Trends and Countertrends - Ways to help predict future

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To every trend there is a countertrend, which is why media pundits are able at once to describe, for example, trends to greater liberalism and greater conservatism.

Both are true - of different tribes in the same society. So gay rights movements continue to make advances at the same time as America is becoming gripped by cultural con¬servatism, with ideas such as marriage, religion and civil society seen as the answer for the future.

Drug use soars, with growing calls for decriminalisation, at the same time as a neo-prohibitionist movement seeks to make it all but impossible to smoke a cigarette in a public place.

Expect to see millennial culture clashes between opposing trends, a world increasingly of extremes with tendencies to intolerance as groups fight to dominate the future. But not driven merely by culture clashes, the greatest forces will be unleashed by clashes of conscience influenced by religious conviction, or lack of it.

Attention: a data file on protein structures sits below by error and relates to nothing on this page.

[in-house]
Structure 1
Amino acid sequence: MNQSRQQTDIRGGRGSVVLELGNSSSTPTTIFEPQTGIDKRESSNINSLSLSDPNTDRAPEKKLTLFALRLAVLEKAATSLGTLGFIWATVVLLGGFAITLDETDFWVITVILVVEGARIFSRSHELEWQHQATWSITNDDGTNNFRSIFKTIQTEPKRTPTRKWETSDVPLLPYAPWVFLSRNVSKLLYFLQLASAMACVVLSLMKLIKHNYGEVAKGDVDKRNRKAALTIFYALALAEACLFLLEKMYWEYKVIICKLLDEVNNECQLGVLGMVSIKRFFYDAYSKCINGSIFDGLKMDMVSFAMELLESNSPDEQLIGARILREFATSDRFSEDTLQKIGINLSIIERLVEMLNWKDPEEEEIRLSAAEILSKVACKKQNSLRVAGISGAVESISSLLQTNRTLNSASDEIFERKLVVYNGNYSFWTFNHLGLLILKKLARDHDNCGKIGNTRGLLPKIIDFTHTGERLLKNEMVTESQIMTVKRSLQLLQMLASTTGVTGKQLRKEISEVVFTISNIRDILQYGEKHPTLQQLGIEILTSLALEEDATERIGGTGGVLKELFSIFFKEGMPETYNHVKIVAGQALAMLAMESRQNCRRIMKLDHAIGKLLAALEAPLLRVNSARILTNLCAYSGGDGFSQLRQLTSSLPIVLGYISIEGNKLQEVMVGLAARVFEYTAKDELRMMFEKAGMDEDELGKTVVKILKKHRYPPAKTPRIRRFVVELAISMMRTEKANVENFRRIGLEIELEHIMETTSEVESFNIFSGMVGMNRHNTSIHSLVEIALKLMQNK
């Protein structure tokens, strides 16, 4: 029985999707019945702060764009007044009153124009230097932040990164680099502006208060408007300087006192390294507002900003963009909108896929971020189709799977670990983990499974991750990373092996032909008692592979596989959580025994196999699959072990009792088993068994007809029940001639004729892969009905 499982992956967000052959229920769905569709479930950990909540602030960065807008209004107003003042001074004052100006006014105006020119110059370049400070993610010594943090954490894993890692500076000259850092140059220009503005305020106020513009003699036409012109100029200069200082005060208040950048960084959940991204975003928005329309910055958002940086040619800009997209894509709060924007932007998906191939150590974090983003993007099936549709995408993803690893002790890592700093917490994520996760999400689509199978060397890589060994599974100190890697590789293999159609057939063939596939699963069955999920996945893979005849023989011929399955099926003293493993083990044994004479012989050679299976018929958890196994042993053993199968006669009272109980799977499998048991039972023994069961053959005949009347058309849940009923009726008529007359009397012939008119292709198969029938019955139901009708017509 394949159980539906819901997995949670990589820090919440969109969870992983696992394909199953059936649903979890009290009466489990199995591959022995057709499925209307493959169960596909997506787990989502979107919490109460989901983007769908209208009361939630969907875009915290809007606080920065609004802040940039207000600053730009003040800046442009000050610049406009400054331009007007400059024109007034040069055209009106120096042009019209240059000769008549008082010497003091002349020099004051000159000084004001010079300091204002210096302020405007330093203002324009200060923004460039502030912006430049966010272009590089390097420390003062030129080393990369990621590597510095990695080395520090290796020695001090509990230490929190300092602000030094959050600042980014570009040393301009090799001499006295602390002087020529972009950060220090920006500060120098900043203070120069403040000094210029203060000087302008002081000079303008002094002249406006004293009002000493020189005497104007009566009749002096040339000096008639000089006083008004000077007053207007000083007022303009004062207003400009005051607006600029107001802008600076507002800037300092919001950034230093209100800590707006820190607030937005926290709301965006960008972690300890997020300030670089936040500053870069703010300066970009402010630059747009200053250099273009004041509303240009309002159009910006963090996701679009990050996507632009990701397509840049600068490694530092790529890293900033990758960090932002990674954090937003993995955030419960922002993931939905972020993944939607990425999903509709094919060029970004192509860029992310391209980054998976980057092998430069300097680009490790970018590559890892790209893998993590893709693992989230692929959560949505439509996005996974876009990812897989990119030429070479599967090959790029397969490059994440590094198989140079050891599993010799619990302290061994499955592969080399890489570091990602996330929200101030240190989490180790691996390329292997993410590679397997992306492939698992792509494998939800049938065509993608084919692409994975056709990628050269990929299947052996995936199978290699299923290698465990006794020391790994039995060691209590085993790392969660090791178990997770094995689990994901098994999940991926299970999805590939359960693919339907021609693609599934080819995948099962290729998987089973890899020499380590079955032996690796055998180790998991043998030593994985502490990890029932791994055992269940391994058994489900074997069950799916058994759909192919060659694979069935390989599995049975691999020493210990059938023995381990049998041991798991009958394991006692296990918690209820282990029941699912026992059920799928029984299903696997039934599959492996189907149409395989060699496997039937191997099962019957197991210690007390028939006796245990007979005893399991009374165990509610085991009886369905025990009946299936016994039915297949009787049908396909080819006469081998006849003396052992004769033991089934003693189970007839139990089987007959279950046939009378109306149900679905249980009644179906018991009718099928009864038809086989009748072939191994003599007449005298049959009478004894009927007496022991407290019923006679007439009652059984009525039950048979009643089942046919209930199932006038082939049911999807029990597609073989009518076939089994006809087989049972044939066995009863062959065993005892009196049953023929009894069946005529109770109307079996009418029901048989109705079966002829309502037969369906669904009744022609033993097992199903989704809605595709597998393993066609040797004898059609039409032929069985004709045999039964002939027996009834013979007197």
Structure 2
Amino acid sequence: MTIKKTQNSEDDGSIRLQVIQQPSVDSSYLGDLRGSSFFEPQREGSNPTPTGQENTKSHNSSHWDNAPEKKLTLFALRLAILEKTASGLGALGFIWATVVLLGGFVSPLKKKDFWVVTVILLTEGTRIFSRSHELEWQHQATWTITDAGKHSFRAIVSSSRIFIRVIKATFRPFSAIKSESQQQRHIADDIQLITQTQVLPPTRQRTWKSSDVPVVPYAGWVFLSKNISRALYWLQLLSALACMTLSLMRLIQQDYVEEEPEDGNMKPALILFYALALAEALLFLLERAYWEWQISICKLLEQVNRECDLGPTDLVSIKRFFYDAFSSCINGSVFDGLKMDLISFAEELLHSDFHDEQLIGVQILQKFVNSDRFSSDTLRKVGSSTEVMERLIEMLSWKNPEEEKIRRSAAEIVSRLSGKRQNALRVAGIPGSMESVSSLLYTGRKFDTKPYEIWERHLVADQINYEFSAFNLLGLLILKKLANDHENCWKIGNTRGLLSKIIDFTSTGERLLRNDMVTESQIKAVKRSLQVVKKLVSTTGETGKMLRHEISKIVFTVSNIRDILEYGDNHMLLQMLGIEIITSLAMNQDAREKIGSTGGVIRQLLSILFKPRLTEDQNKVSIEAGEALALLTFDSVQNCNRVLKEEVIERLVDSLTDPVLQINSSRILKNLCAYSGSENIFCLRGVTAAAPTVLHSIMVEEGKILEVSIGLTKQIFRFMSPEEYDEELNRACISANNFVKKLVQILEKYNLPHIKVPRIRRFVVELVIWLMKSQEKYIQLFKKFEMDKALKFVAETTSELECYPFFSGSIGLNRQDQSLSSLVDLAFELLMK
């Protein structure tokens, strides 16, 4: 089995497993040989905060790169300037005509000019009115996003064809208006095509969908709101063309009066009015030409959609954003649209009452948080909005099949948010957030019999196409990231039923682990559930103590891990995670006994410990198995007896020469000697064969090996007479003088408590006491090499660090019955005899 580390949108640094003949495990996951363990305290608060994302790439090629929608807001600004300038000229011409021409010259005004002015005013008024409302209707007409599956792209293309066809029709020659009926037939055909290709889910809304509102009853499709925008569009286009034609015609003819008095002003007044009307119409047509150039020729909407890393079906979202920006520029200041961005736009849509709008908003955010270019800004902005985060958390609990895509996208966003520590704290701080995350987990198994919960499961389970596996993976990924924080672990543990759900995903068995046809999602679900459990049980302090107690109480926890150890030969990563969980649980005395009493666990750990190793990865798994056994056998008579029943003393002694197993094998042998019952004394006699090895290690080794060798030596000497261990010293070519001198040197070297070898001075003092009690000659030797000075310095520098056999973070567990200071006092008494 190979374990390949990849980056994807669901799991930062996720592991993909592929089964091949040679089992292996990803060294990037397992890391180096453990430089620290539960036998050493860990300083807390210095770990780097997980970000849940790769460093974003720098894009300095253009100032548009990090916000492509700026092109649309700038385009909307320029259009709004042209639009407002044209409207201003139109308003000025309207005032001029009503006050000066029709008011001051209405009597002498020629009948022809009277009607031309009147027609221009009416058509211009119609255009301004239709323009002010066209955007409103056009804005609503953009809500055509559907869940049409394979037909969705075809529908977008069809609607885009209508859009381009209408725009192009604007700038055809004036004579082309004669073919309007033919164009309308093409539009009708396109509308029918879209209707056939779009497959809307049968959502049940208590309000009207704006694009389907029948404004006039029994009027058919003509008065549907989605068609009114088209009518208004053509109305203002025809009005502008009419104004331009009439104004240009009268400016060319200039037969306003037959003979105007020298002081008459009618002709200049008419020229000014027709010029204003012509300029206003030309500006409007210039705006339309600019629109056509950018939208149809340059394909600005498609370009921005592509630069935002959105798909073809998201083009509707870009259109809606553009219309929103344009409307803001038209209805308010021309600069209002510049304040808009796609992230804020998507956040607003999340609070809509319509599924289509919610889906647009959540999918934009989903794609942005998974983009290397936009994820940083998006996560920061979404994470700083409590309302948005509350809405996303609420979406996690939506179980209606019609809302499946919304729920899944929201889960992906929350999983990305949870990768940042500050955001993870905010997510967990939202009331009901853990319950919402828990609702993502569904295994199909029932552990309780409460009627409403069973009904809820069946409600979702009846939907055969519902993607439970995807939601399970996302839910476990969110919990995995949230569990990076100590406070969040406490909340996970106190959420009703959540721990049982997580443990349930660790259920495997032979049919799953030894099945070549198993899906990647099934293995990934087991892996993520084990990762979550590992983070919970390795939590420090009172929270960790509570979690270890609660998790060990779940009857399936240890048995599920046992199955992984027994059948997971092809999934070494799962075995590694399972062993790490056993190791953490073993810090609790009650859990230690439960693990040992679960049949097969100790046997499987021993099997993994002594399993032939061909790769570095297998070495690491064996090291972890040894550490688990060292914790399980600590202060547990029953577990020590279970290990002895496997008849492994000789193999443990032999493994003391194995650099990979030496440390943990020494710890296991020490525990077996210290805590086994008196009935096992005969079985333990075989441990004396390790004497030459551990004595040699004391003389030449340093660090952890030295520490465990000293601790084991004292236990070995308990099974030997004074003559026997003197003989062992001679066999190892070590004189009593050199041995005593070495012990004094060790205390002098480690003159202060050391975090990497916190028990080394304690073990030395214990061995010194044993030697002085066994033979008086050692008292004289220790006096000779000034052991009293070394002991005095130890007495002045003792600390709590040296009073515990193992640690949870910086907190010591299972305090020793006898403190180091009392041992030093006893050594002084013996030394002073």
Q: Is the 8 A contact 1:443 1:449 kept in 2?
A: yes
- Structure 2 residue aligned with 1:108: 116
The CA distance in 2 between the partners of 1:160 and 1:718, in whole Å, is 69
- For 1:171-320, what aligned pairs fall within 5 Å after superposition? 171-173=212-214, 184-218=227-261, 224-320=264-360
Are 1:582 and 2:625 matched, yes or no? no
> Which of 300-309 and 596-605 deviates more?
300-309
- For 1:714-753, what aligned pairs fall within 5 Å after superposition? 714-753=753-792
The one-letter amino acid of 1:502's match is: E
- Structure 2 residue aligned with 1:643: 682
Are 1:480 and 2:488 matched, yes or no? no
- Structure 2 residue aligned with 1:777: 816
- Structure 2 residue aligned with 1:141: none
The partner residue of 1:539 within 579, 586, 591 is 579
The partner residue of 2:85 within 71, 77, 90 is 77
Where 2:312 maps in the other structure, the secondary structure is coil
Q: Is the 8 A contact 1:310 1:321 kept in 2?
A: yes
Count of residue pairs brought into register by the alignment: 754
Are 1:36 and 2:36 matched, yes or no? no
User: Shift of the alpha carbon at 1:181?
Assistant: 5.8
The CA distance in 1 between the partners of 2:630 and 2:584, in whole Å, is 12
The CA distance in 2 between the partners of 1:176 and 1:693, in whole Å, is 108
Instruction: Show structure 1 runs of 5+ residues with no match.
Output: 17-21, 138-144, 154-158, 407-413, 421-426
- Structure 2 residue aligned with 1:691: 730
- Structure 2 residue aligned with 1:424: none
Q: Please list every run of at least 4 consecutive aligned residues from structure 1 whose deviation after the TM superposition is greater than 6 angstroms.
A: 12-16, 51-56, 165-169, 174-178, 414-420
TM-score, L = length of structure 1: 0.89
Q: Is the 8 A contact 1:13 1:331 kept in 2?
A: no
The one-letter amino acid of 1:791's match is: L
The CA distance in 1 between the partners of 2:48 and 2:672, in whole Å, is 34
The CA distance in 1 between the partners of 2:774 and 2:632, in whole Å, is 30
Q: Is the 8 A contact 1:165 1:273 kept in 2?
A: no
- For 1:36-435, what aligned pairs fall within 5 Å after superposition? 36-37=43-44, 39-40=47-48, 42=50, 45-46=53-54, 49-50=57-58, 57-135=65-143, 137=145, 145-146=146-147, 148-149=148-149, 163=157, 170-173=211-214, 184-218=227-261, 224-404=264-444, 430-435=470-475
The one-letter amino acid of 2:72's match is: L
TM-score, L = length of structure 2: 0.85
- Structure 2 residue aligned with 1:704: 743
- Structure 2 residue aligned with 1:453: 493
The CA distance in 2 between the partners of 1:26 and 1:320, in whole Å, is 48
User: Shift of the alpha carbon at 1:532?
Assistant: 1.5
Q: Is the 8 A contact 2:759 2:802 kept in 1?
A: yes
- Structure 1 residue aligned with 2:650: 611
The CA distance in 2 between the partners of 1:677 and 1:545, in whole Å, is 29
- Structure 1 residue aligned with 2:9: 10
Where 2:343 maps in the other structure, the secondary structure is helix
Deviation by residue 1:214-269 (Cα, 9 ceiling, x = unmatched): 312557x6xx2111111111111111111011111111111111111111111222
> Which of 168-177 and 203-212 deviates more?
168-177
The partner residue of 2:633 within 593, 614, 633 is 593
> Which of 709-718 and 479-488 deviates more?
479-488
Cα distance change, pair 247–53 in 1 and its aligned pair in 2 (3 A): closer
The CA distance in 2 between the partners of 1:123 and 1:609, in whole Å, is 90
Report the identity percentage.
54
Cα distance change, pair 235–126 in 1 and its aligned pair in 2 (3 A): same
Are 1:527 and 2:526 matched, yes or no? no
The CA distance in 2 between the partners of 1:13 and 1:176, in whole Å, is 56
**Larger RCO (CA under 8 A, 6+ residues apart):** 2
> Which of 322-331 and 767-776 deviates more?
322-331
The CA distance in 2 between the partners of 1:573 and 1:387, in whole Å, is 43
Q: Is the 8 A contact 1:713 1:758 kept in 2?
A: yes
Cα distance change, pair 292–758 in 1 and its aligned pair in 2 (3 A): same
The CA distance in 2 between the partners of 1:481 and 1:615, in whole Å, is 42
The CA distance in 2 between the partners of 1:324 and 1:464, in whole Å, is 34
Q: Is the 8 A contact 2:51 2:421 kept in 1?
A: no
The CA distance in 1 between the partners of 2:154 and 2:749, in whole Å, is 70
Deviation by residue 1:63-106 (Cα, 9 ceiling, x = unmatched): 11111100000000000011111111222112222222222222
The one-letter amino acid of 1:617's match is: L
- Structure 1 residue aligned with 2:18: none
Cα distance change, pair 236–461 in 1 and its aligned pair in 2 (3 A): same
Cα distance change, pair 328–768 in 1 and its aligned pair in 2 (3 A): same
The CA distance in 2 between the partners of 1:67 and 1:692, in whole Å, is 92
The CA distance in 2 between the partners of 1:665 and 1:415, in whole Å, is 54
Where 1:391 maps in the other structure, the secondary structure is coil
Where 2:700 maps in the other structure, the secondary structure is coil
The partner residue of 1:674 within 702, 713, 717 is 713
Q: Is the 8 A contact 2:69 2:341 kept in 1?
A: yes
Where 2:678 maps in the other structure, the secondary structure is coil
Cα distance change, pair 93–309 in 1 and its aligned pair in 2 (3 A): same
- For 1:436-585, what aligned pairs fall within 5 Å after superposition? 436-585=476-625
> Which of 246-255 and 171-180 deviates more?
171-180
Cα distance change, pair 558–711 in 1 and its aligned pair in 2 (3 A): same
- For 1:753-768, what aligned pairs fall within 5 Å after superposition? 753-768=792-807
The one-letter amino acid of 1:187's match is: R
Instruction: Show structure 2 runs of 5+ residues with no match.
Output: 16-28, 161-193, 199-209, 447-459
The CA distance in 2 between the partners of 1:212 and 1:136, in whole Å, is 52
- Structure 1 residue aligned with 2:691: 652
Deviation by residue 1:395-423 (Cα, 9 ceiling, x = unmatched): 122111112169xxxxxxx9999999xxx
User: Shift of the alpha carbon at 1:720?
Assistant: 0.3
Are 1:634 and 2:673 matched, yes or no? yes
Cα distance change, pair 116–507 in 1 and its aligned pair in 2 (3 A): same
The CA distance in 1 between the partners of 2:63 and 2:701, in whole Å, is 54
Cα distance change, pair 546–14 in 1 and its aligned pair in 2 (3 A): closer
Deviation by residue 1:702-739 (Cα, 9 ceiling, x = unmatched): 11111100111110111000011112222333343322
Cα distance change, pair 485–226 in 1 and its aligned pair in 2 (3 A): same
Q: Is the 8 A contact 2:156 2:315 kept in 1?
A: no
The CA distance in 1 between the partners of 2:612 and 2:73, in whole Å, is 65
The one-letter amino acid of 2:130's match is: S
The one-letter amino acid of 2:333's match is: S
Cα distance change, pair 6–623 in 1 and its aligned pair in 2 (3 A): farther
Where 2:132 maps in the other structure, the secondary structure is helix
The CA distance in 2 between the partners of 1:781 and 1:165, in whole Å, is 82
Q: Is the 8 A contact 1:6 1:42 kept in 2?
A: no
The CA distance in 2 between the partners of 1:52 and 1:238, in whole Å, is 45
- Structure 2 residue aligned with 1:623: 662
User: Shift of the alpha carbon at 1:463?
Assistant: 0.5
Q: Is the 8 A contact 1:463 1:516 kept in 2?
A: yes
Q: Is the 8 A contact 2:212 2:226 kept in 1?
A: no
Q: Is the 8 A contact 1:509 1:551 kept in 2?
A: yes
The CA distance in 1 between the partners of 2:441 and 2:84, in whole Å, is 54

Which trends will be dominant?

The big question is this: if trend and countertrend coexist, which will be dominant in the new millennium?

The truth is that in a pluralistic, multi-track society there are a number of pendulums operating.

Dominance is less important with the emergence of micro-communities, micro-markets where all that matters is being able to target every trend with a package of products and services.

Expect to see whole industries built around micro-marketing techniques, micro-advertising, micro-distribution networks, micro-affinity groups.

* Patrick Dixon is author of 16 books on the future including Futurewise and Sustainagilty.

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